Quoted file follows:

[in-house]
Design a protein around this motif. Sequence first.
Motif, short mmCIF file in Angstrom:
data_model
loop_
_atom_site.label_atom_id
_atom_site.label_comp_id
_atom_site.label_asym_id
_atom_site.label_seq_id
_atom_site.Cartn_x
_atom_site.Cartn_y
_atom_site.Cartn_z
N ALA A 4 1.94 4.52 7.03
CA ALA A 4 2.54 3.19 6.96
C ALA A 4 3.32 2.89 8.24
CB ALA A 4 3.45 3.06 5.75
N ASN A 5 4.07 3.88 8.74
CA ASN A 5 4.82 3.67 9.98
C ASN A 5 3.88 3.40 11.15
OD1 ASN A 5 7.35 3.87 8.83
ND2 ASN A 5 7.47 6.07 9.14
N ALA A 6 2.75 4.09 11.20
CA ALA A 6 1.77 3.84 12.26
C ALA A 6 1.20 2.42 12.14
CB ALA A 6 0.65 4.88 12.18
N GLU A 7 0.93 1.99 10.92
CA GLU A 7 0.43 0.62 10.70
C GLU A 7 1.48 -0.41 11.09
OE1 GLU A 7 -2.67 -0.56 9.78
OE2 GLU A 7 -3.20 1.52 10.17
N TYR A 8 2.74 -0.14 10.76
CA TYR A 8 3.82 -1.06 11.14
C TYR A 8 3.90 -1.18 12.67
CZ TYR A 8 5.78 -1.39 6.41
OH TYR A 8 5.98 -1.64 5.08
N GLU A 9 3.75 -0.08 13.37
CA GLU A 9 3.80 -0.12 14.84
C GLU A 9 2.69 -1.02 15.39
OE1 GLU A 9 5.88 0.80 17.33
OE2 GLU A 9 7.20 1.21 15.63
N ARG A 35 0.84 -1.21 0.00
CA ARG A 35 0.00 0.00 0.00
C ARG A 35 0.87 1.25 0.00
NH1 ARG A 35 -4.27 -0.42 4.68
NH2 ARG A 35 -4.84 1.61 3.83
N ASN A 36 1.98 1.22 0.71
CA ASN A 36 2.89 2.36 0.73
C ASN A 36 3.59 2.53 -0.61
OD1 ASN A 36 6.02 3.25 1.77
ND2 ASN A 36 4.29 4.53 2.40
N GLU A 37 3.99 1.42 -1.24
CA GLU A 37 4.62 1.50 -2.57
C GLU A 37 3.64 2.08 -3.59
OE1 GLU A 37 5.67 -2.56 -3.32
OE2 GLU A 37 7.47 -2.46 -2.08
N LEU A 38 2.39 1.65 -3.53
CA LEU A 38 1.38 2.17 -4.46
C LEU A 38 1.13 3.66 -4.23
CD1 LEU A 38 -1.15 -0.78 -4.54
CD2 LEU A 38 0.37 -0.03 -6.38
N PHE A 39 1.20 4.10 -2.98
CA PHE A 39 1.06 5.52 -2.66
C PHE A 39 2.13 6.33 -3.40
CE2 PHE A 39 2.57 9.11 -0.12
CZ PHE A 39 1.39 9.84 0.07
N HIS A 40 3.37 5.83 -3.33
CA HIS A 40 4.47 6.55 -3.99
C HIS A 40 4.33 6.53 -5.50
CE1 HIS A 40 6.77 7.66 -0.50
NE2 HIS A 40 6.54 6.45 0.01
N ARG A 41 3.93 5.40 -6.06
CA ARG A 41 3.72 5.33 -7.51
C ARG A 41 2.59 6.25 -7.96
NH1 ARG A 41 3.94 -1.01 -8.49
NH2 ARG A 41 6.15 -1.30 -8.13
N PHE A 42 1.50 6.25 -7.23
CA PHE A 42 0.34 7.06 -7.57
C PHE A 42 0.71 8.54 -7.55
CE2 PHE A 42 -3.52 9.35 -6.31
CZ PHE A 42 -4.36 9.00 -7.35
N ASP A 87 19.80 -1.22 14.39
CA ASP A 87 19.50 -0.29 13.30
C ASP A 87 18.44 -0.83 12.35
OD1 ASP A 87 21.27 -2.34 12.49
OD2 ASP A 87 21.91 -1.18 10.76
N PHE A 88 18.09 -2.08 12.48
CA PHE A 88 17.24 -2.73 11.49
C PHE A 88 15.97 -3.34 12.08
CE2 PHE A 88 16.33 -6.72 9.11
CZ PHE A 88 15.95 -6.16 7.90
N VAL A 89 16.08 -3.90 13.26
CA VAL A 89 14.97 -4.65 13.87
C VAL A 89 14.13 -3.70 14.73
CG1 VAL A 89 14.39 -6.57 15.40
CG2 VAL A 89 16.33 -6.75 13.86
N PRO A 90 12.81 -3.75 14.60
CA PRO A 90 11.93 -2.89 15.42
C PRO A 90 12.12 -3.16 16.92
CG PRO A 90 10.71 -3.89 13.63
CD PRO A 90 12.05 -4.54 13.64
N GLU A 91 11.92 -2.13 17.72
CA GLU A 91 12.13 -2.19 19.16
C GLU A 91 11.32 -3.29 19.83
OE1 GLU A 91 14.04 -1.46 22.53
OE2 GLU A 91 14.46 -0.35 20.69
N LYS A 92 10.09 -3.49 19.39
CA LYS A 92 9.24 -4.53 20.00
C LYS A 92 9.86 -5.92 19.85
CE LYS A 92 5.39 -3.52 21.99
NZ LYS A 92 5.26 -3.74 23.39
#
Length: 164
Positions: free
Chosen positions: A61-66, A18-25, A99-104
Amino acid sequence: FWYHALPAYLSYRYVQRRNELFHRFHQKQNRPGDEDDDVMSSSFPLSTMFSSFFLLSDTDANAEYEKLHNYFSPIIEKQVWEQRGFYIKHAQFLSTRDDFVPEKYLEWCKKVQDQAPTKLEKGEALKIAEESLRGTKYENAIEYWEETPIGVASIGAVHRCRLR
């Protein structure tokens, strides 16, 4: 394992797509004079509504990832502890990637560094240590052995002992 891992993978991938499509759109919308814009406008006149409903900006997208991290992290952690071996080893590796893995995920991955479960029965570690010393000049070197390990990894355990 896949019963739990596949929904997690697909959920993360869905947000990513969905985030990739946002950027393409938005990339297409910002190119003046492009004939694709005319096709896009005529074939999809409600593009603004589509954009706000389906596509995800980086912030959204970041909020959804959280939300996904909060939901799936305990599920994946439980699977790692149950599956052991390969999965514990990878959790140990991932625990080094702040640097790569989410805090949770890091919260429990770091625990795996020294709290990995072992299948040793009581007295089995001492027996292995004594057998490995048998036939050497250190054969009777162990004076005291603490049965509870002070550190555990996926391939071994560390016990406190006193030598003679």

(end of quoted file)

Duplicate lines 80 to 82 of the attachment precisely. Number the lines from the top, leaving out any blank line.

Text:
CZ PHE A 42 -4.36 9.00 -7.35
N ASP A 87 19.80 -1.22 14.39
CA ASP A 87 19.50 -0.29 13.30